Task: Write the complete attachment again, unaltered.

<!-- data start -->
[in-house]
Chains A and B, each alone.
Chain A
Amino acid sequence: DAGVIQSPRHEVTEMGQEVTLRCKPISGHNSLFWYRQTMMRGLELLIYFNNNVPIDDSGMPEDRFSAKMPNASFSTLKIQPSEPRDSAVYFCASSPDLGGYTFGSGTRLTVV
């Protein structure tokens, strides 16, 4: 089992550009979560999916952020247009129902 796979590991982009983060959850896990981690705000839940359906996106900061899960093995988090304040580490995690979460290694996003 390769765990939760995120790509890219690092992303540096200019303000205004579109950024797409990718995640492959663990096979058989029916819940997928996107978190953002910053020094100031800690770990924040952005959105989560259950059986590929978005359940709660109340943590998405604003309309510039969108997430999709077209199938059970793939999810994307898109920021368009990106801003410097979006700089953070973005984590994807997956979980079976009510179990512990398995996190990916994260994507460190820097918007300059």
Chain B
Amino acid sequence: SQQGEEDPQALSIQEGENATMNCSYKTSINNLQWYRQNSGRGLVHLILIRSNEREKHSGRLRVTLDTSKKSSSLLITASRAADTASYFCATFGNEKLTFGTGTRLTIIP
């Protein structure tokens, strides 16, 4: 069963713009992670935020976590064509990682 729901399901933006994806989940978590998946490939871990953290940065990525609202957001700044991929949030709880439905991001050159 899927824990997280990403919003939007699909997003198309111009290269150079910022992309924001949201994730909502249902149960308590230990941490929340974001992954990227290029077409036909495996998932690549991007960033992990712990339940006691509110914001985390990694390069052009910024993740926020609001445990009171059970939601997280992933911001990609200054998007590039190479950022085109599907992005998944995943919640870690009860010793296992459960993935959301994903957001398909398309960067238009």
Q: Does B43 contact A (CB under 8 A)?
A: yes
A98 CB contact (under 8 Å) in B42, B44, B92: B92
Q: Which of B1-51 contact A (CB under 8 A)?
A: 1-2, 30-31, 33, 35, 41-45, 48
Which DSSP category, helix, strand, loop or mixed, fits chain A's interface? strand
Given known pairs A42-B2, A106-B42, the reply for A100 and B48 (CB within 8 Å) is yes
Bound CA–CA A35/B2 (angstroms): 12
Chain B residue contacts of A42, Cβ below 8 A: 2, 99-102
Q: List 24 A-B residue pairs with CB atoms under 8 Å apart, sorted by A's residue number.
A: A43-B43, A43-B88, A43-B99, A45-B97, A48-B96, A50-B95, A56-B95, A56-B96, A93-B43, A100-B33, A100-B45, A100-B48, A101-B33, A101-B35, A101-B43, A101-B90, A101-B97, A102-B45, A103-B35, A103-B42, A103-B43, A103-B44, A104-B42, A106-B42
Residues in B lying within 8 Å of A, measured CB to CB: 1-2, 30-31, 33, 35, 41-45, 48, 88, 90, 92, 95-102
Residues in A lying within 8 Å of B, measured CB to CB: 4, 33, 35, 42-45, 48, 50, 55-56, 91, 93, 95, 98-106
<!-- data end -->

[in-house]
Chains A and B, each alone.
Chain A
Amino acid sequence: DAGVIQSPRHEVTEMGQEVTLRCKPISGHNSLFWYRQTMMRGLELLIYFNNNVPIDDSGMPEDRFSAKMPNASFSTLKIQPSEPRDSAVYFCASSPDLGGYTFGSGTRLTVV
């Protein structure tokens, strides 16, 4: 089992550009979560999916952020247009129902 796979590991982009983060959850896990981690705000839940359906996106900061899960093995988090304040580490995690979460290694996003 390769765990939760995120790509890219690092992303540096200019303000205004579109950024797409990718995640492959663990096979058989029916819940997928996107978190953002910053020094100031800690770990924040952005959105989560259950059986590929978005359940709660109340943590998405604003309309510039969108997430999709077209199938059970793939999810994307898109920021368009990106801003410097979006700089953070973005984590994807997956979980079976009510179990512990398995996190990916994260994507460190820097918007300059």
Chain B
Amino acid sequence: SQQGEEDPQALSIQEGENATMNCSYKTSINNLQWYRQNSGRGLVHLILIRSNEREKHSGRLRVTLDTSKKSSSLLITASRAADTASYFCATFGNEKLTFGTGTRLTIIP
């Protein structure tokens, strides 16, 4: 069963713009992670935020976590064509990682 729901399901933006994806989940978590998946490939871990953290940065990525609202957001700044991929949030709880439905991001050159 899927824990997280990403919003939007699909997003198309111009290269150079910022992309924001949201994730909502249902149960308590230990941490929340974001992954990227290029077409036909495996998932690549991007960033992990712990339940006691509110914001985390990694390069052009910024993740926020609001445990009171059970939601997280992933911001990609200054998007590039190479950022085109599907992005998944995943919640870690009860010793296992459960993935959301994903957001398909398309960067238009």
Q: Does B43 contact A (CB under 8 A)?
A: yes
A98 CB contact (under 8 Å) in B42, B44, B92: B92
Q: Which of B1-51 contact A (CB under 8 A)?
A: 1-2, 30-31, 33, 35, 41-45, 48
Which DSSP category, helix, strand, loop or mixed, fits chain A's interface? strand
Given known pairs A42-B2, A106-B42, the reply for A100 and B48 (CB within 8 Å) is yes
Bound CA–CA A35/B2 (angstroms): 12
Chain B residue contacts of A42, Cβ below 8 A: 2, 99-102
Q: List 24 A-B residue pairs with CB atoms under 8 Å apart, sorted by A's residue number.
A: A43-B43, A43-B88, A43-B99, A45-B97, A48-B96, A50-B95, A56-B95, A56-B96, A93-B43, A100-B33, A100-B45, A100-B48, A101-B33, A101-B35, A101-B43, A101-B90, A101-B97, A102-B45, A103-B35, A103-B42, A103-B43, A103-B44, A104-B42, A106-B42
Residues in B lying within 8 Å of A, measured CB to CB: 1-2, 30-31, 33, 35, 41-45, 48, 88, 90, 92, 95-102
Residues in A lying within 8 Å of B, measured CB to CB: 4, 33, 35, 42-45, 48, 50, 55-56, 91, 93, 95, 98-106